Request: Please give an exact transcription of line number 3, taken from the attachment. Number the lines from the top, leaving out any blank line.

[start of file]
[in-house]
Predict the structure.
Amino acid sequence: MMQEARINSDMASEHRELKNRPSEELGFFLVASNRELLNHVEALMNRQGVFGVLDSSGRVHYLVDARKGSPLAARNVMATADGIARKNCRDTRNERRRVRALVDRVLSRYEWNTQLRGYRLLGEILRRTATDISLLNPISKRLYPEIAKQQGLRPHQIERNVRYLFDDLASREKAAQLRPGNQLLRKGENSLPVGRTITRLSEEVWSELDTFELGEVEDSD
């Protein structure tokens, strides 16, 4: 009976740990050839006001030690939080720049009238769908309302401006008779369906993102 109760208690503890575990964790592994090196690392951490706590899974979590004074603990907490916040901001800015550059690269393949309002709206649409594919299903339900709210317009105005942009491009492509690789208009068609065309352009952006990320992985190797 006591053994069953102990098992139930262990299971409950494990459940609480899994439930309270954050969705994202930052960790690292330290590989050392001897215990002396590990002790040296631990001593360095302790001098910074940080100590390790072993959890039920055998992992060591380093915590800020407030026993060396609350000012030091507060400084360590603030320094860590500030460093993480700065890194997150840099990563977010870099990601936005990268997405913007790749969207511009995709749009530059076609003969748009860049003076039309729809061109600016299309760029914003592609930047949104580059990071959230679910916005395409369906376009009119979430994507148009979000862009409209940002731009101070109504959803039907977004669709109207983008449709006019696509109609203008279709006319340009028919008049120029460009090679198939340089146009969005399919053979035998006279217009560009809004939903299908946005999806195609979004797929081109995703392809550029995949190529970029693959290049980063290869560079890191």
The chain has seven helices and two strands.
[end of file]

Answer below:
Amino acid sequence: MMQEARINSDMASEHRELKNRPSEELGFFLVASNRELLNHVEALMNRQGVFGVLDSSGRVHYLVDARKGSPLAARNVMATADGIARKNCRDTRNERRRVRALVDRVLSRYEWNTQLRGYRLLGEILRRTATDISLLNPISKRLYPEIAKQQGLRPHQIERNVRYLFDDLASREKAAQLRPGNQLLRKGENSLPVGRTITRLSEEVWSELDTFELGEVEDSD